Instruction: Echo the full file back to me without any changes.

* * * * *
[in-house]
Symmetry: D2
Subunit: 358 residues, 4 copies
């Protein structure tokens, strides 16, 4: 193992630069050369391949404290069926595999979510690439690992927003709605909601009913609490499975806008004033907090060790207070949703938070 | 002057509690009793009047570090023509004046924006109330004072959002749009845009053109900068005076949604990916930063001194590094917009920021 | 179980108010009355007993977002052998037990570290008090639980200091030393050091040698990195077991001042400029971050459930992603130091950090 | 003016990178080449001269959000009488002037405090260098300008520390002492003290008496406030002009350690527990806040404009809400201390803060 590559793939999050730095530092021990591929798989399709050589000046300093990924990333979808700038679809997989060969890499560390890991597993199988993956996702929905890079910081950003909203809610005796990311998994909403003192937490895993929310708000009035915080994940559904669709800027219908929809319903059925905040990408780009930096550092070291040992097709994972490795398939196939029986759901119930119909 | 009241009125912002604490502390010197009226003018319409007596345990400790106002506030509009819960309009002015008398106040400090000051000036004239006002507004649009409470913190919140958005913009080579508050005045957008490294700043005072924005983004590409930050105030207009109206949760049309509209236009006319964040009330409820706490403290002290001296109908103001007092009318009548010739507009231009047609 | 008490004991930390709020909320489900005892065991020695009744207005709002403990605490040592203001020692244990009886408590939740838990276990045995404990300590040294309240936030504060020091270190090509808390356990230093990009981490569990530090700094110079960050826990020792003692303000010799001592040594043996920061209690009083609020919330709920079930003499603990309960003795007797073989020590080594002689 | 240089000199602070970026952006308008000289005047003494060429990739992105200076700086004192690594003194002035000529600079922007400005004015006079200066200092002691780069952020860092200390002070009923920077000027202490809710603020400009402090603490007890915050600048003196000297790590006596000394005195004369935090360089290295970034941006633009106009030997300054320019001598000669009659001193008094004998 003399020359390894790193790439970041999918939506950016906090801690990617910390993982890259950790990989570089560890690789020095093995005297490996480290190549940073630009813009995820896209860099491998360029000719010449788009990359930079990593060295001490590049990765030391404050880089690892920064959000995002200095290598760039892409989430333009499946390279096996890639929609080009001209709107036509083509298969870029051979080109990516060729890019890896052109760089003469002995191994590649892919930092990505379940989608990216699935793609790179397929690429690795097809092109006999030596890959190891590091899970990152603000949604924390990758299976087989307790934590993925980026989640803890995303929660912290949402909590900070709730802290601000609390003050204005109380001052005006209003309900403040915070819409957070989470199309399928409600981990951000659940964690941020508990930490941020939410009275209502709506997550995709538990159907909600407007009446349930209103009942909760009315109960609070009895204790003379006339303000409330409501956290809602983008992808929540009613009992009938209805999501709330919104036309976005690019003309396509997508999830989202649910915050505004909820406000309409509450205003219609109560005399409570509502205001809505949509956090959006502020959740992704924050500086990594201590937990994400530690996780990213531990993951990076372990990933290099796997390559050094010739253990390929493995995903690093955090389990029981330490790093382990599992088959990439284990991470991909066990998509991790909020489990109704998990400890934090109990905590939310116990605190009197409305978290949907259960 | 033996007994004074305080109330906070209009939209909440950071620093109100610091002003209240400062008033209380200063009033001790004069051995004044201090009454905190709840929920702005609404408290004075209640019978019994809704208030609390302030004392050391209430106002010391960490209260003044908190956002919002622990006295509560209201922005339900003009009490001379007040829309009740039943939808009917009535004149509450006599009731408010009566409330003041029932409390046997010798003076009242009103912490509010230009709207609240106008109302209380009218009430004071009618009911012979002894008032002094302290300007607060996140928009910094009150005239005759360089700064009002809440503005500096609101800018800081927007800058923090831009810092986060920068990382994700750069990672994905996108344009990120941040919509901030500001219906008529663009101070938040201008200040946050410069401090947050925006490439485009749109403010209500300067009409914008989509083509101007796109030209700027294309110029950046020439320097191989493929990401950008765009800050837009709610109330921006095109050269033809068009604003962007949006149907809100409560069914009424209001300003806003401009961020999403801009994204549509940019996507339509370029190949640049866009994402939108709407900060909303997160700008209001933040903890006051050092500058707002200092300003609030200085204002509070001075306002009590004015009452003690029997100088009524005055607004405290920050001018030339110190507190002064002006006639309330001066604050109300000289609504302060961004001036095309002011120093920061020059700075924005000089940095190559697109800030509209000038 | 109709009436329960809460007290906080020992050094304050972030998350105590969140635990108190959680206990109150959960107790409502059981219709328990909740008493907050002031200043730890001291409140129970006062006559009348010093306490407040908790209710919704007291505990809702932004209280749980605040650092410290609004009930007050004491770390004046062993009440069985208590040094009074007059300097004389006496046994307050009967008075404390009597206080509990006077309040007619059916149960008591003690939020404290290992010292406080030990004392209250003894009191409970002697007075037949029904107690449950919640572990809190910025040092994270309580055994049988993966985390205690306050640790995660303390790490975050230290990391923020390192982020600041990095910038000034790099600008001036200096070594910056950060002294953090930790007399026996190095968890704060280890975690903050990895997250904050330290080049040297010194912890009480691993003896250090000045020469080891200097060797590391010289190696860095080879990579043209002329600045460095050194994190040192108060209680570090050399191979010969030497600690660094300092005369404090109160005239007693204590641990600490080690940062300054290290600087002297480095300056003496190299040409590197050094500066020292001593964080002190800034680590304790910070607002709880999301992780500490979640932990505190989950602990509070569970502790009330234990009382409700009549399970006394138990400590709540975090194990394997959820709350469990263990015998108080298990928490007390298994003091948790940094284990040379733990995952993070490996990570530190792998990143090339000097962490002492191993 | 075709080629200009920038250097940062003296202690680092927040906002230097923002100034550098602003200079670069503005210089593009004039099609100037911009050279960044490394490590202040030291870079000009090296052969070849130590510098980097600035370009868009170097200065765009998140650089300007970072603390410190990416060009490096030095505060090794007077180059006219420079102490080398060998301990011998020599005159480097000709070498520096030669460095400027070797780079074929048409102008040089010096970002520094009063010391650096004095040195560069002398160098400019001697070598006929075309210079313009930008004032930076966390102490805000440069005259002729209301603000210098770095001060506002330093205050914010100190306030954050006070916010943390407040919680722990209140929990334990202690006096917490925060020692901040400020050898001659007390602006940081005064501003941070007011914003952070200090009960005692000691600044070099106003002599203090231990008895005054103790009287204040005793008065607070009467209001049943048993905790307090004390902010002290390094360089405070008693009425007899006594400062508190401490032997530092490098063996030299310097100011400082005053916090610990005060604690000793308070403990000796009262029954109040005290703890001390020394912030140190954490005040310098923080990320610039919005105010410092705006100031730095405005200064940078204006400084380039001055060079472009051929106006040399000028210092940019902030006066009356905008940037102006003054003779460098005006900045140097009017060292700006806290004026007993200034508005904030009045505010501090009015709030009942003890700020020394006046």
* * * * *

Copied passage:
[in-house]
Symmetry: D2
Subunit: 358 residues, 4 copies
């Protein structure tokens, strides 16, 4: 193992630069050369391949404290069926595999979510690439690992927003709605909601009913609490499975806008004033907090060790207070949703938070 | 002057509690009793009047570090023509004046924006109330004072959002749009845009053109900068005076949604990916930063001194590094917009920021 | 179980108010009355007993977002052998037990570290008090639980200091030393050091040698990195077991001042400029971050459930992603130091950090 | 003016990178080449001269959000009488002037405090260098300008520390002492003290008496406030002009350690527990806040404009809400201390803060 590559793939999050730095530092021990591929798989399709050589000046300093990924990333979808700038679809997989060969890499560390890991597993199988993956996702929905890079910081950003909203809610005796990311998994909403003192937490895993929310708000009035915080994940559904669709800027219908929809319903059925905040990408780009930096550092070291040992097709994972490795398939196939029986759901119930119909 | 009241009125912002604490502390010197009226003018319409007596345990400790106002506030509009819960309009002015008398106040400090000051000036004239006002507004649009409470913190919140958005913009080579508050005045957008490294700043005072924005983004590409930050105030207009109206949760049309509209236009006319964040009330409820706490403290002290001296109908103001007092009318009548010739507009231009047609 | 008490004991930390709020909320489900005892065991020695009744207005709002403990605490040592203001020692244990009886408590939740838990276990045995404990300590040294309240936030504060020091270190090509808390356990230093990009981490569990530090700094110079960050826990020792003692303000010799001592040594043996920061209690009083609020919330709920079930003499603990309960003795007797073989020590080594002689 | 240089000199602070970026952006308008000289005047003494060429990739992105200076700086004192690594003194002035000529600079922007400005004015006079200066200092002691780069952020860092200390002070009923920077000027202490809710603020400009402090603490007890915050600048003196000297790590006596000394005195004369935090360089290295970034941006633009106009030997300054320019001598000669009659001193008094004998 003399020359390894790193790439970041999918939506950016906090801690990617910390993982890259950790990989570089560890690789020095093995005297490996480290190549940073630009813009995820896209860099491998360029000719010449788009990359930079990593060295001490590049990765030391404050880089690892920064959000995002200095290598760039892409989430333009499946390279096996890639929609080009001209709107036509083509298969870029051979080109990516060729890019890896052109760089003469002995191994590649892919930092990505379940989608990216699935793609790179397929690429690795097809092109006999030596890959190891590091899970990152603000949604924390990758299976087989307790934590993925980026989640803890995303929660912290949402909590900070709730802290601000609390003050204005109380001052005006209003309900403040915070819409957070989470199309399928409600981990951000659940964690941020508990930490941020939410009275209502709506997550995709538990159907909600407007009446349930209103009942909760009315109960609070009895204790003379006339303000409330409501956290809602983008992808929540009613009992009938209805999501709330919104036309976005690019003309396509997508999830989202649910915050505004909820406000309409509450205003219609109560005399409570509502205001809505949509956090959006502020959740992704924050500086990594201590937990994400530690996780990213531990993951990076372990990933290099796997390559050094010739253990390929493995995903690093955090389990029981330490790093382990599992088959990439284990991470991909066990998509991790909020489990109704998990400890934090109990905590939310116990605190009197409305978290949907259960 | 033996007994004074305080109330906070209009939209909440950071620093109100610091002003209240400062008033209380200063009033001790004069051995004044201090009454905190709840929920702005609404408290004075209640019978019994809704208030609390302030004392050391209430106002010391960490209260003044908190956002919002622990006295509560209201922005339900003009009490001379007040829309009740039943939808009917009535004149509450006599009731408010009566409330003041029932409390046997010798003076009242009103912490509010230009709207609240106008109302209380009218009430004071009618009911012979002894008032002094302290300007607060996140928009910094009150005239005759360089700064009002809440503005500096609101800018800081927007800058923090831009810092986060920068990382994700750069990672994905996108344009990120941040919509901030500001219906008529663009101070938040201008200040946050410069401090947050925006490439485009749109403010209500300067009409914008989509083509101007796109030209700027294309110029950046020439320097191989493929990401950008765009800050837009709610109330921006095109050269033809068009604003962007949006149907809100409560069914009424209001300003806003401009961020999403801009994204549509940019996507339509370029190949640049866009994402939108709407900060909303997160700008209001933040903890006051050092500058707002200092300003609030200085204002509070001075306002009590004015009452003690029997100088009524005055607004405290920050001018030339110190507190002064002006006639309330001066604050109300000289609504302060961004001036095309002011120093920061020059700075924005000089940095190559697109800030509209000038 | 109709009436329960809460007290906080020992050094304050972030998350105590969140635990108190959680206990109150959960107790409502059981219709328990909740008493907050002031200043730890001291409140129970006062006559009348010093306490407040908790209710919704007291505990809702932004209280749980605040650092410290609004009930007050004491770390004046062993009440069985208590040094009074007059300097004389006496046994307050009967008075404390009597206080509990006077309040007619059916149960008591003690939020404290290992010292406080030990004392209250003894009191409970002697007075037949029904107690449950919640572990809190910025040092994270309580055994049988993966985390205690306050640790995660303390790490975050230290990391923020390192982020600041990095910038000034790099600008001036200096070594910056950060002294953090930790007399026996190095968890704060280890975690903050990895997250904050330290080049040297010194912890009480691993003896250090000045020469080891200097060797590391010289190696860095080879990579043209002329600045460095050194994190040192108060209680570090050399191979010969030497600690660094300092005369404090109160005239007693204590641990600490080690940062300054290290600087002297480095300056003496190299040409590197050094500066020292001593964080002190800034680590304790910070607002709880999301992780500490979640932990505190989950602990509070569970502790009330234990009382409700009549399970006394138990400590709540975090194990394997959820709350469990263990015998108080298990928490007390298994003091948790940094284990040379733990995952993070490996990570530190792998990143090339000097962490002492191993 | 075709080629200009920038250097940062003296202690680092927040906002230097923002100034550098602003200079670069503005210089593009004039099609100037911009050279960044490394490590202040030291870079000009090296052969070849130590510098980097600035370009868009170097200065765009998140650089300007970072603390410190990416060009490096030095505060090794007077180059006219420079102490080398060998301990011998020599005159480097000709070498520096030669460095400027070797780079074929048409102008040089010096970002520094009063010391650096004095040195560069002398160098400019001697070598006929075309210079313009930008004032930076966390102490805000440069005259002729209301603000210098770095001060506002330093205050914010100190306030954050006070916010943390407040919680722990209140929990334990202690006096917490925060020692901040400020050898001659007390602006940081005064501003941070007011914003952070200090009960005692000691600044070099106003002599203090231990008895005054103790009287204040005793008065607070009467209001049943048993905790307090004390902010002290390094360089405070008693009425007899006594400062508190401490032997530092490098063996030299310097100011400082005053916090610990005060604690000793308070403990000796009262029954109040005290703890001390020394912030140190954490005040310098923080990320610039919005105010410092705006100031730095405005200064940078204006400084380039001055060079472009051929106006040399000028210092940019902030006066009356905008940037102006003054003779460098005006900045140097009017060292700006806290004026007993200034508005904030009045505010501090009015709030009942003890700020020394006046």